When the foreign troops left Iraq at the end of 2011, the country was relatively peaceful.
But the Americans' departure opened a door for Prime Minister Nouri al-Maliki — allowing him to give "way to his sectarian fears," and leading almost directly to the current crisis in the Middle East. That's according to Martin Smith, writer and producer for a new Frontline documentary called "The Rise of ISIS."
Smith says after the American troops left, Maliki, who's a Shiite, begins to sideline Sunnis.
"When [Maliki] sees Sunnis, he sees plots against him ... and he began a lot of activities that made things worse," he says.
One example of the activities Smith points to is when Maliki targeted the bodyguards of Sunni ministers in his cabinet. Finance minister Rfia al-Issawi, for example, found his bodyguards "kidnapped." Shortly after, the minister himself escaped to Anbar province and was "banished from the government," Smith says. "Everybody considered [the finance minister] a moderate."
The pressure the Maliki government was exerting on the Sunnis resulted in major demonstrations. Tens of thousands of Sunnis in various parts of Iraq gathered daily to protest Maliki and his government.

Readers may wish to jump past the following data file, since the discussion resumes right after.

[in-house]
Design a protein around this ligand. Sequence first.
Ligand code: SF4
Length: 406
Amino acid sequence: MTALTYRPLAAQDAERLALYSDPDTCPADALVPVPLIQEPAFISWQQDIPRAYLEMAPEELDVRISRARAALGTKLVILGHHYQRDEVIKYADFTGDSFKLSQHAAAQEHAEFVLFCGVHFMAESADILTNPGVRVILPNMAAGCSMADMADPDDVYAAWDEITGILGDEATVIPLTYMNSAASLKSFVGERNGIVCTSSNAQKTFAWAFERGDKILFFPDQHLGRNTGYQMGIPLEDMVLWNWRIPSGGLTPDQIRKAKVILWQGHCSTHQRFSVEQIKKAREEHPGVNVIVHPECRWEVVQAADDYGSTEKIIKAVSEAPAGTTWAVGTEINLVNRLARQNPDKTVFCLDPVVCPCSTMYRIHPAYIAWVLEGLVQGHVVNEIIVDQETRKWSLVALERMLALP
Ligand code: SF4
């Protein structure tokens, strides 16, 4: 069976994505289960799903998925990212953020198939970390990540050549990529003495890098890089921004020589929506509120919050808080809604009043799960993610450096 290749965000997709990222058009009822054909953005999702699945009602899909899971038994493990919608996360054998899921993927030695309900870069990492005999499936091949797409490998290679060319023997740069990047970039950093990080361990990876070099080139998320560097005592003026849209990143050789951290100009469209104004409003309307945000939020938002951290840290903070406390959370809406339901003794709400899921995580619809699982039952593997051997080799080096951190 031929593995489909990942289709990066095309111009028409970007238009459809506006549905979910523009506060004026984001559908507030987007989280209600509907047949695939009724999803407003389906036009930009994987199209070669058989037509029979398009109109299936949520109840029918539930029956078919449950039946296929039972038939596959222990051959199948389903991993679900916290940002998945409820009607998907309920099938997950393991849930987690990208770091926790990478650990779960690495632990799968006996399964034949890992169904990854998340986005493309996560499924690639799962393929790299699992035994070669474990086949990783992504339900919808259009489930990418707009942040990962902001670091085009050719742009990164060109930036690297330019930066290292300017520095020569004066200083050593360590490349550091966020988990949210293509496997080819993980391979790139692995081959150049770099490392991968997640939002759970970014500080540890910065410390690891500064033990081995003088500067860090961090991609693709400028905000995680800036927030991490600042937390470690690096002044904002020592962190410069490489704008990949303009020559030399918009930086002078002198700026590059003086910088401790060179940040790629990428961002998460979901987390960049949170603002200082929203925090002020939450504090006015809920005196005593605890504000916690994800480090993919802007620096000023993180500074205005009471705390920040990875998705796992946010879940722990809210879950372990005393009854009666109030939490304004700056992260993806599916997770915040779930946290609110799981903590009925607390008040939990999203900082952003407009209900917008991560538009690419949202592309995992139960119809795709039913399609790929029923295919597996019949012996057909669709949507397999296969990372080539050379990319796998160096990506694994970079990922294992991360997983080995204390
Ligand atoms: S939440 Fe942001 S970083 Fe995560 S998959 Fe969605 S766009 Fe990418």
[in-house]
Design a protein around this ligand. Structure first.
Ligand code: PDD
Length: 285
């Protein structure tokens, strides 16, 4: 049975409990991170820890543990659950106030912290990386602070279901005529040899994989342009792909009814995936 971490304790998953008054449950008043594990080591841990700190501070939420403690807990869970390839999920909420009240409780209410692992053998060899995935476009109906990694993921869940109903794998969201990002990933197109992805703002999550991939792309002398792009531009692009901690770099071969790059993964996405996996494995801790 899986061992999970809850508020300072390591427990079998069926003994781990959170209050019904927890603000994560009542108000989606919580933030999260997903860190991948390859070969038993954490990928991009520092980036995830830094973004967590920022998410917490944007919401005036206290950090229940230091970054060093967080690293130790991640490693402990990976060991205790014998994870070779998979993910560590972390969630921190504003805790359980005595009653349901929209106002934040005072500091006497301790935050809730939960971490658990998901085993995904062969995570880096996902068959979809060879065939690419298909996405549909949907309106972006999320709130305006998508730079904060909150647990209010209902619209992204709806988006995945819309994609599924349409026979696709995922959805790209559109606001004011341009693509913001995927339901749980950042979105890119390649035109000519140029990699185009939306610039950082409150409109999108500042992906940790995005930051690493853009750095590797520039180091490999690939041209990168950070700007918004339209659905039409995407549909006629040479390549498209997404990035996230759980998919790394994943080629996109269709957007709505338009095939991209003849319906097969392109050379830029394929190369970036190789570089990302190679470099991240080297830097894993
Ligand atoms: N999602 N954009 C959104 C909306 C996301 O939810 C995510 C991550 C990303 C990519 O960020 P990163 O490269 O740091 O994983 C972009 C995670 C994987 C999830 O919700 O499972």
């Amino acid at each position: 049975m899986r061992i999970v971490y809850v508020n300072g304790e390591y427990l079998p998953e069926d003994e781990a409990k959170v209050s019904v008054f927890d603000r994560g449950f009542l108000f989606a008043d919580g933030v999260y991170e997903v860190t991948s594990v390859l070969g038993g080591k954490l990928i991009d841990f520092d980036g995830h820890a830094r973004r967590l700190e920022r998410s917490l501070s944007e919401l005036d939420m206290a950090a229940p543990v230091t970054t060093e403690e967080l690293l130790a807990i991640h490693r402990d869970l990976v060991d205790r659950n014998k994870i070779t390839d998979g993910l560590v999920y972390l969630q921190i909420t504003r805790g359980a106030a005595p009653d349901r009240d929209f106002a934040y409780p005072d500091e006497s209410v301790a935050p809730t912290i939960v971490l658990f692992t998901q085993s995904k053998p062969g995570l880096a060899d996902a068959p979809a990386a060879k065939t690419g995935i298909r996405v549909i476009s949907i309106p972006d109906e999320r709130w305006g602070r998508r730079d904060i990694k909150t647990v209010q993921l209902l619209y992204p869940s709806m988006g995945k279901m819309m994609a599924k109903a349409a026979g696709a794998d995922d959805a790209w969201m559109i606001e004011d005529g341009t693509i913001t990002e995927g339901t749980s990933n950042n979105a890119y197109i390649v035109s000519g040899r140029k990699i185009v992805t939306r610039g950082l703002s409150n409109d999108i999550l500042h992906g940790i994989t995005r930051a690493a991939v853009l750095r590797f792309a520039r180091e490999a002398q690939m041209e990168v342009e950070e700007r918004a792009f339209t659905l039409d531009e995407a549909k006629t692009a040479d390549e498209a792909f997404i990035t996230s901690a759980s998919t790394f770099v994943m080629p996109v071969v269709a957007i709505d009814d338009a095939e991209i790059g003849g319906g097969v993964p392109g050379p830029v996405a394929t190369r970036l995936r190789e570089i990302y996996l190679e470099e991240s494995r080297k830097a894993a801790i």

Then in April 2013, government forces clashed with protesters in the al-Hawija district in Kirkuk province.
"The Maliki forces responded with force," says Smith, "and that was one of several turning points."
Meanwhile ISIS was looking for recruits among the Sunni population. Smith says ISIS' existence wasn't Maliki's fault, but his shortcomings as a leader made it easier for them to gain strength.
"The Sunni tribes tried over and over again to find a role to play under the Shia-led government. They were promised during the Sunni Awakening that they would be integrated into the Iraqi security forces," Smith says.
But because very few of those promises fulfilled, some decided to join forces with the ISIS. Smith believes that sectarianism continues to divide Iraq today, as the group that today calls itself the Islamic State continues to take considerable territory across the country.
"These tensions have been there and will remain. Until Sunnis and Shia and Kurds can trust one another, Iraq as a unified state is a fiction," he says.